My favorite book for figuring out how to cook what I used to purchase is Weight Watchers Take-Out Tonight! : 150+ Restaurant Favorites to Make at Home--All 8 POINTS or Less.   It might be a diet cookbook, but the foods don't come out tasting diet.  And this is a cookbook aimed at those who don't particularly want to cook, we just want to eat.  Even if you aren't doing Weight Watchers and could care less about the point values of food, this book is worth a read.  It covers Chinese, Mexican, Indian, Thai, Italian, Greek, Japanese and Deli foods.  I mostly make things from the Chinese and Mexican sections, because they are my favorites, and almost every recipe I have tried from the book was delicious (and even the couple of misses were still OK).

Once you get the trick of it, you won't be giving up as much time cooking as you think you might.  By the time you drive to the restaurant, order, wait for your food, eat, and pay - well, it's not quick.  Even ordering in pizza takes some time; get a pre-made crust, tomato sauce, some light cheese, and the toppings of your choice and go to town - save yourself calories and money.

Thursday, December 3, 2009

Orkin and The Samuel Vimes "Boots" Theory of Socieoeconomic Unfairness

In Terry Pratchett's Men at Arms, a character, Samuel Vimes, describes how the wealthy remain wealthier than the poor because they can afford items with a larger upfront cost and greater durability.  As Mr. Vimes says "A man who could afford fifty dollars had a pair of boots that'd still be keeping his feet dry in ten years time, while a poor man who could only afford cheap boots would have spent a hundred dollars on boots in the same time and would still have wet feet." (Pratchett, Terry, Men at Arms, 29, emphasis in original).  (If you've never read the series, you're missing out in a big way.  Skip the first two and start with Equal Rites, though).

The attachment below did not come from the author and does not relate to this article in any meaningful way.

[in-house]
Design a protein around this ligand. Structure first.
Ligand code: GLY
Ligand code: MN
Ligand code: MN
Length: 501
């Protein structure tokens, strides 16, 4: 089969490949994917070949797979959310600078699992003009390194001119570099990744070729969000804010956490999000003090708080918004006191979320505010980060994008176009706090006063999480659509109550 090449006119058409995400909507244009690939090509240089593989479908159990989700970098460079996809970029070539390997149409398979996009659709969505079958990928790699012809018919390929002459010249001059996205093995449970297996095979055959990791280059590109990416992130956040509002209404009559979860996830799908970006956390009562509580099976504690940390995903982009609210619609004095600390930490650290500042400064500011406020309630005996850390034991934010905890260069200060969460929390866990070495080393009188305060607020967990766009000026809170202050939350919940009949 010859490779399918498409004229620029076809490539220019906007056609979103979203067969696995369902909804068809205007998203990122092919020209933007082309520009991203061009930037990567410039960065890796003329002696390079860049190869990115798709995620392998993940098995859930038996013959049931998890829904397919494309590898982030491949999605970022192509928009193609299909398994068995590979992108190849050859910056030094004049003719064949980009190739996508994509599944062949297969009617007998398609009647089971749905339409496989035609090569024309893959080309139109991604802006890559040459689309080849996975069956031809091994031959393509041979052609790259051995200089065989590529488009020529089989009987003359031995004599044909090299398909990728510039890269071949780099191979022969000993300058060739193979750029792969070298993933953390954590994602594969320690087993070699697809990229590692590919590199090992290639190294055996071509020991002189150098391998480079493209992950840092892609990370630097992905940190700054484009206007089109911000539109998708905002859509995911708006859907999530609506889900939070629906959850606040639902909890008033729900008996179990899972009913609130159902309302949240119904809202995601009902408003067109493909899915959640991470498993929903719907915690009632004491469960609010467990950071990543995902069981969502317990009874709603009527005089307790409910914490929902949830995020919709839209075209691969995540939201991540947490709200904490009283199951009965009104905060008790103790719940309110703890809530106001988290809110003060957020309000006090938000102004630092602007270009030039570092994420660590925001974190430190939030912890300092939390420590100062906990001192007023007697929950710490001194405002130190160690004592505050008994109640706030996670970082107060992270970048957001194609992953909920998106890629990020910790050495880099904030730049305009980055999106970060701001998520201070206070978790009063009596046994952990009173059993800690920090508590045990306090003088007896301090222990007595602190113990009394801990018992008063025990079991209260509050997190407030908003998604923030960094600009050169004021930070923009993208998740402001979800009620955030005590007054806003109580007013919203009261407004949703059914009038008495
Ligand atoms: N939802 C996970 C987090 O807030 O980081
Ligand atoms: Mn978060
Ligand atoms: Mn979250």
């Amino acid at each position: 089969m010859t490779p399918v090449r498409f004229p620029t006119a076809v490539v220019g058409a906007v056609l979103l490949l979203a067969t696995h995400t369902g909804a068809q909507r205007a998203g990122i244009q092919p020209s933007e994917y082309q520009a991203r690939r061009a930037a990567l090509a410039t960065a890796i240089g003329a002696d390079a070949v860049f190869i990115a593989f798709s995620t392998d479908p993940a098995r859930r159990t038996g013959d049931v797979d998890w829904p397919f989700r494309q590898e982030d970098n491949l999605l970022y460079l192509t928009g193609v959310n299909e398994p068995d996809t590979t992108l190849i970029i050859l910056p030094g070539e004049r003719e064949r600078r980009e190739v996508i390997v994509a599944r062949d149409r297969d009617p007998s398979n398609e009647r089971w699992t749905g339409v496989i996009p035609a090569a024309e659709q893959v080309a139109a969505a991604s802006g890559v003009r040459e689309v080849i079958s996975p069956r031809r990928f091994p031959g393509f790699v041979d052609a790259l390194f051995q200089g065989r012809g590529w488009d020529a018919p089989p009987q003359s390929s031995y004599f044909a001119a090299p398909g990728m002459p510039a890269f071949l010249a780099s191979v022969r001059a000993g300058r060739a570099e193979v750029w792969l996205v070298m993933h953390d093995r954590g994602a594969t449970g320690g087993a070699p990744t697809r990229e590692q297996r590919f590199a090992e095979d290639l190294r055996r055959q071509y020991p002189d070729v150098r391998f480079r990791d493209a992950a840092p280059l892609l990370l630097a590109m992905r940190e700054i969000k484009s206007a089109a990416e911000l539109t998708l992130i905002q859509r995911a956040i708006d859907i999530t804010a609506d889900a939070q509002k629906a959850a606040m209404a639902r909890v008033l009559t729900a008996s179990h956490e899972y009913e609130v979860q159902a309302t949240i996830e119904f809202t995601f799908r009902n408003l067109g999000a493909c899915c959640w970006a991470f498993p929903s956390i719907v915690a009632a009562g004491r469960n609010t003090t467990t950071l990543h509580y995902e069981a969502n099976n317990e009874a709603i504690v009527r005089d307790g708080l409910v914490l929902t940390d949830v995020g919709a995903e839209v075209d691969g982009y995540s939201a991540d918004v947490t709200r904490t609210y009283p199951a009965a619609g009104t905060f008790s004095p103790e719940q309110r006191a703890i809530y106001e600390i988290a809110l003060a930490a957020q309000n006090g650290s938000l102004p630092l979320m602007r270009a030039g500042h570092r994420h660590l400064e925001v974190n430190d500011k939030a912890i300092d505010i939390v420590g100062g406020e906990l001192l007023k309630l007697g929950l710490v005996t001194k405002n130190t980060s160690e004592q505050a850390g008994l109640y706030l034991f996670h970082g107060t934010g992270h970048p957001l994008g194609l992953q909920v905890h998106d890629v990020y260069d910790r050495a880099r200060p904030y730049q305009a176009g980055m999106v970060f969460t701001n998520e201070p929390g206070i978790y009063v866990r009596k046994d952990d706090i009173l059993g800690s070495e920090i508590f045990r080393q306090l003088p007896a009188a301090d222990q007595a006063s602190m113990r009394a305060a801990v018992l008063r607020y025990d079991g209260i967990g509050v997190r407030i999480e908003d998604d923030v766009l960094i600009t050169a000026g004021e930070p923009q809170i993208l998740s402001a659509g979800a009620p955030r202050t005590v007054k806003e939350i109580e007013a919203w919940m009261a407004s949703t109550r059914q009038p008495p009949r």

I had a very similar experience with Orkin this week.  We've got termites.  And termites, of course, must be dealt with immediately; it only gets more expensive the longer you delay the problem.  The termite treatment cost us $958 paid immediately.

They also offered us three payment plans: $88.29 a month for one year, $55.85 a month for two years, or $46.12 for three years.  If we could not have paid up front, we would have paid an extra $101.48 for one year, $382.40 for two years, or $702.32 for three years.  To put those numbers in perspective, it would be better to pay the same amount monthly on a credit card with a 22% APR for the one year plan, 35% APR for the two year plan, or 42% APR for the three year plan.  I was absolutely gobsmacked when I ran those numbers.  In most states, it's not even legal for credit cards to charge that much.

Our EF is running very low, but December is a three paycheck month for us and we are going to scrape by.  For people unable to come up with that kind of money, with no credit cards or ones that are maxed out, well, Orkin is forcing them to dig themselves into an even bigger hole.  I'm glad I'm not an Orkin representative - I don't think that I could, in good conscience, offer this to people with no other options but to see their houses fall to pieces around them.

Wednesday, December 2, 2009

Giving More of What I Have, and Less of What I Don't

I didn't end up selling enough to cover my shortfall, let alone send any more coats to Afghan children.  I've decided not to send anything else.  I read One Simple Act: Discovering the Power of Generosity from the library this week, and it really helped me to take a look at my giving patterns and realize that I don't need to spend more money than I have giving to other people - if God needs money somewhere, and chooses me to be the instrument of giving it, it will happen if I relax and let Him do it.  What I need to focus on is the non-monetary giving to the people around me that I have often let fall by the wayside - listening to, affirming, and helping the people that I see every day or every week. 
Debbie Macomber also strongly suggests a gratitude and prayer journal.  Inspired by her example, I resolved to begin one immediately!  Of course, that was last week, and I am still making excuses as to why I haven't started.  No more procrastination though - I am off to get started right now.